Just days after a liberal Judge from Washington state, chose to second guess the President of the United States on a matter of security, something he had no Constitutional authority to do, Agents at the Canadian border confronted a man with terrorist ties. This Canadian citizen with with Moroccan roots was refused entry at the border following five hours of questioning and having his phone searched.
Officials say that Yassine Aber, a 19-year-old student at the University of Sherbrooke, was denied entry to the U.S. on Thursday at the Stanstead, Quebec crossing. While Aber was being questioned, a search of Aber’s phone led ICE agents to a Facebook photo. That photo showed Aber with Samir Halilovic. one of three University of Sherbrooke students believed to have left Canada in 2014 to join Islamist fighters in Syria.
Aber told officials he didn’t know Halilovic well, but the two had friends in common and attended the same mosque. He said the group photo was taken at a wedding four years ago. Aber was traveling to the U.S. for a track meet in Boston with the university’s track-and-field team on a valid Canadian passport at the time.
“They made me fill in papers and made me talk about myself, where I’m from, where I was born,” Aber said. He was also asked about his parents and their origins, and what countries he has recently visited. Then he was fingerprinted and told to hand over his phone and its password.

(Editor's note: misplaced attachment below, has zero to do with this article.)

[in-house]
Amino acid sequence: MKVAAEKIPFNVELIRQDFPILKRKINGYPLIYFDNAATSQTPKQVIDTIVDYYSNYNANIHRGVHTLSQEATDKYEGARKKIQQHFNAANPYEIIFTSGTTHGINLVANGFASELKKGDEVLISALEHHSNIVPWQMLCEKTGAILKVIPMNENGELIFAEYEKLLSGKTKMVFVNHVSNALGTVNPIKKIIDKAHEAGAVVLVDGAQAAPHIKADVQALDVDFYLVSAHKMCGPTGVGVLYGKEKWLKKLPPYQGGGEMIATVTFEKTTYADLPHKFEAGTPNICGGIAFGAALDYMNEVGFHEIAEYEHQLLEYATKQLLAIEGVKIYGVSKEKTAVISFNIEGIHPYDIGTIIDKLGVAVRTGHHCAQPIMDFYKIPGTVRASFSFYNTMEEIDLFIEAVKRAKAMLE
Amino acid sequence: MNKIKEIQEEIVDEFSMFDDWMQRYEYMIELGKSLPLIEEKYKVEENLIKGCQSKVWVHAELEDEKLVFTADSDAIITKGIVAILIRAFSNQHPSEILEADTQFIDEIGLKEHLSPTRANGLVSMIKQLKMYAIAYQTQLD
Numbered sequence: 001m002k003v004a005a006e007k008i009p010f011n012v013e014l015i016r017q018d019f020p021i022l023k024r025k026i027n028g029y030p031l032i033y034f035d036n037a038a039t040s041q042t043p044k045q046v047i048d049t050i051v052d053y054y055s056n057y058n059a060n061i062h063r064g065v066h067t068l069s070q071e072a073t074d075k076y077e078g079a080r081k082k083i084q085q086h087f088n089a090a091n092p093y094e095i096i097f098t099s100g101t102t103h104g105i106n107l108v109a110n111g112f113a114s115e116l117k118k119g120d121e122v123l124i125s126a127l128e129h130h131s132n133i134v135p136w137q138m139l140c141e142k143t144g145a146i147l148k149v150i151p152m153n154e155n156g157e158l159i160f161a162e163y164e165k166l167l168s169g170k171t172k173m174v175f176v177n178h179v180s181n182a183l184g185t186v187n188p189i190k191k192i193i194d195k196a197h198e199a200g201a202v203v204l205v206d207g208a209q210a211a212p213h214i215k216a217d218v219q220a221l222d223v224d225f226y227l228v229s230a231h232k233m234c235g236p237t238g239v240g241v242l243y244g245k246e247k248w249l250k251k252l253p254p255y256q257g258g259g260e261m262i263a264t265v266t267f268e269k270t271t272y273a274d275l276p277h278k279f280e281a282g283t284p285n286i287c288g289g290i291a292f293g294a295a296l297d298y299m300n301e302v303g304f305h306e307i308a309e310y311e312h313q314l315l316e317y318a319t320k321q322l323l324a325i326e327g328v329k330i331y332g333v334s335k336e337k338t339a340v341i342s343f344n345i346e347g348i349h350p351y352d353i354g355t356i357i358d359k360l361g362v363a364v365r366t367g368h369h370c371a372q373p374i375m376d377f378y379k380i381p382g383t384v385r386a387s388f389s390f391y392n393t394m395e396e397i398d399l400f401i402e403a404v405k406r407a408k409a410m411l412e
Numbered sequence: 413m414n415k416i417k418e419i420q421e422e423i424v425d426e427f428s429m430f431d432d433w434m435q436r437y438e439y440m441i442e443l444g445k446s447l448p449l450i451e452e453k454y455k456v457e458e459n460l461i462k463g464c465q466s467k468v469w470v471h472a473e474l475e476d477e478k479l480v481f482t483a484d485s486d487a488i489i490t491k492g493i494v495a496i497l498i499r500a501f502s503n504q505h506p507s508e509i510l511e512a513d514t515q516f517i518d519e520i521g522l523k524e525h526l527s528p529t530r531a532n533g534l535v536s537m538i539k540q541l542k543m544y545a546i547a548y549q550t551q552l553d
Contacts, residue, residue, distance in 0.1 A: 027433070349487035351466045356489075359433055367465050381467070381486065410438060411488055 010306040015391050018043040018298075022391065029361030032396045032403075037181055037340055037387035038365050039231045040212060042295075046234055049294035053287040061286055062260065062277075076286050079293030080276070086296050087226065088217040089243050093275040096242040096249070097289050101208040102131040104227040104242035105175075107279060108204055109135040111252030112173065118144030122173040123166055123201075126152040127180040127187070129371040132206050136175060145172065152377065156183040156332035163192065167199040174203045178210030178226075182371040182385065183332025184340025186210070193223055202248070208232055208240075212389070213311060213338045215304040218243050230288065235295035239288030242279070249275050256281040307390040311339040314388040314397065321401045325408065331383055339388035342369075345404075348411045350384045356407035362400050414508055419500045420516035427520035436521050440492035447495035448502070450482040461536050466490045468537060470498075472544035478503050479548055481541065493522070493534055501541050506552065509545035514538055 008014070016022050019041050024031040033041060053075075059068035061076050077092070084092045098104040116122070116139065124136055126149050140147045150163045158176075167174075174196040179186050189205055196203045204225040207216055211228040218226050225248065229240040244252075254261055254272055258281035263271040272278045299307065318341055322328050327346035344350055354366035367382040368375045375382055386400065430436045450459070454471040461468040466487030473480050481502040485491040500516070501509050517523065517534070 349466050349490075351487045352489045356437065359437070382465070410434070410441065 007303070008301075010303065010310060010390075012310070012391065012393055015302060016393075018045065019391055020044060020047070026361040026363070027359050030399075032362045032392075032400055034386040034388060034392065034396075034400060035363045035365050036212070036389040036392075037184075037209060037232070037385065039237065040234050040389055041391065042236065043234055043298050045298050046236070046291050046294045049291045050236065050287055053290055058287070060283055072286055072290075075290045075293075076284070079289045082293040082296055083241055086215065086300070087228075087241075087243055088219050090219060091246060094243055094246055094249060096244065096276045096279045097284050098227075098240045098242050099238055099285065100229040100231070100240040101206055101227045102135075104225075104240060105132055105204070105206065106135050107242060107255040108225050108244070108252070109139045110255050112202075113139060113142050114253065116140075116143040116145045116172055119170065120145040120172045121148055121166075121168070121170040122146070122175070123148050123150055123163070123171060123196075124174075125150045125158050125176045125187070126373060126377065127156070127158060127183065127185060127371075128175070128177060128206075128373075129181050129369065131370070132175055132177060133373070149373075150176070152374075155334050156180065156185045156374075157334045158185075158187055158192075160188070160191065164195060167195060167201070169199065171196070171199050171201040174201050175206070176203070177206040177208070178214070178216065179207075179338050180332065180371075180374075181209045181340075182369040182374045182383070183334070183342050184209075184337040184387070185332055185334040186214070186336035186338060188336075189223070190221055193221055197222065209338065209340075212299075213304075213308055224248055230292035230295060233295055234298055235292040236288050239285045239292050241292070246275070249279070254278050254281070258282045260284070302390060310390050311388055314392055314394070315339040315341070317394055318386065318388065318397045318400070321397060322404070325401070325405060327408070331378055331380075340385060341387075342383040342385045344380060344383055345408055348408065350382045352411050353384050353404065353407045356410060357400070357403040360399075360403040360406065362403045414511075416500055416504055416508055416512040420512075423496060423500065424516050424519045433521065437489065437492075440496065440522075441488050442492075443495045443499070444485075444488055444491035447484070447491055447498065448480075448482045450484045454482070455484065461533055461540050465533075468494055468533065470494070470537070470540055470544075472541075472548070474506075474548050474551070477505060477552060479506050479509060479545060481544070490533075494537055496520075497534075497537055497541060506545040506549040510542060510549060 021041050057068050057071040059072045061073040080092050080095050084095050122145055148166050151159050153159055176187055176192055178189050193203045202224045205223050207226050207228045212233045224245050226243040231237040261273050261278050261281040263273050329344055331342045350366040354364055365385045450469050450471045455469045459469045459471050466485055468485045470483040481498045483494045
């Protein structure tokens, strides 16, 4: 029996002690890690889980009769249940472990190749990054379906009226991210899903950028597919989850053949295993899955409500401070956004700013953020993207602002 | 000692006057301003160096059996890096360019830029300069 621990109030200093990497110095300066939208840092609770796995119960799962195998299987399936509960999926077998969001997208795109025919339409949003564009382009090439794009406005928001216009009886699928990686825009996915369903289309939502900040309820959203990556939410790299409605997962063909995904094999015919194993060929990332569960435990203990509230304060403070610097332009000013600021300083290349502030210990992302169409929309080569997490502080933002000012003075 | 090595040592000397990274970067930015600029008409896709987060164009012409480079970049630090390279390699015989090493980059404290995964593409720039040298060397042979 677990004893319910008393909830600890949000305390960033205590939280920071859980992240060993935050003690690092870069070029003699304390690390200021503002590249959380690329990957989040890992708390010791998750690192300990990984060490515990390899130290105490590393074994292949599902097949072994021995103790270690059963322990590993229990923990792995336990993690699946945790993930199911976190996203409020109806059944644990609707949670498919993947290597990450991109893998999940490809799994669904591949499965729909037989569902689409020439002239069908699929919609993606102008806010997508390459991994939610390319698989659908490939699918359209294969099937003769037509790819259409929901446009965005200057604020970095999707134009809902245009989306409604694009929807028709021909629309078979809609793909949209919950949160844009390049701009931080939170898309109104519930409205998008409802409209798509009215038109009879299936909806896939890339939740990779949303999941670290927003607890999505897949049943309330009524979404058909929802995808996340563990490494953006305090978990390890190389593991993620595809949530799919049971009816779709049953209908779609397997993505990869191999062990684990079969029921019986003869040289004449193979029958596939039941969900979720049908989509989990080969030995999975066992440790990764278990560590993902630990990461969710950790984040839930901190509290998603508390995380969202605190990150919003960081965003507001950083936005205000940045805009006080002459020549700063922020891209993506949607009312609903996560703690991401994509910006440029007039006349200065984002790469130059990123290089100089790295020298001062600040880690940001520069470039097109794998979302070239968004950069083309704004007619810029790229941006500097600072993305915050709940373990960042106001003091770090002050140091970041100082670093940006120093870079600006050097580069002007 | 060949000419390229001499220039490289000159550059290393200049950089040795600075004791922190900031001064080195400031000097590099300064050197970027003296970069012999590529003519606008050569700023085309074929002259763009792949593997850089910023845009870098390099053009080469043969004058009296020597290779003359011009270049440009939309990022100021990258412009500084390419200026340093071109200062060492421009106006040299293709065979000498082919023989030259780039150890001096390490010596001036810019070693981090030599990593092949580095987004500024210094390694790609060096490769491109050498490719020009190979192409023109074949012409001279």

Aber said he underwent another round of questions, about his Muslim faith, the mosque he attended, and people he knew there. “They asked me, ‘Do you go to the mosque?’ I said, ‘Yes, sometimes.’ They said, ‘How often? Which mosque do you go to?’ They asked me about specific people,” he said.
Ultimately, Aber was told he wasn’t allowed to enter the U.S. Julie Lessard, a Montreal lawyer who specializes in immigration law, said Aber’s acquaintance with Halilovic could have been enough for border agents to deny him entry.
“That might be the reason why,” she said. “They will look at all connections and if they have any belief that he could be linked to anything that could be a threat to security, that’s a reason that they can use for denying your entry.” Border agents are not obliged to disclose the reasons for denying entry to a visitor.
Aber said: “I was told it’s a privilege for people from other countries to come to the United States and that privilege can be taken away at any time.” The entry refusals come amid a court battle in the United States over an executive ordered issued by President Donald Trump that would temporarily ban all refugees and visitors from seven predominantly Muslim countries. Trump has said the travel ban would be a first step in the introduction of “extreme vetting” for visitors and immigrants from regions of the world his administration considers dangerous.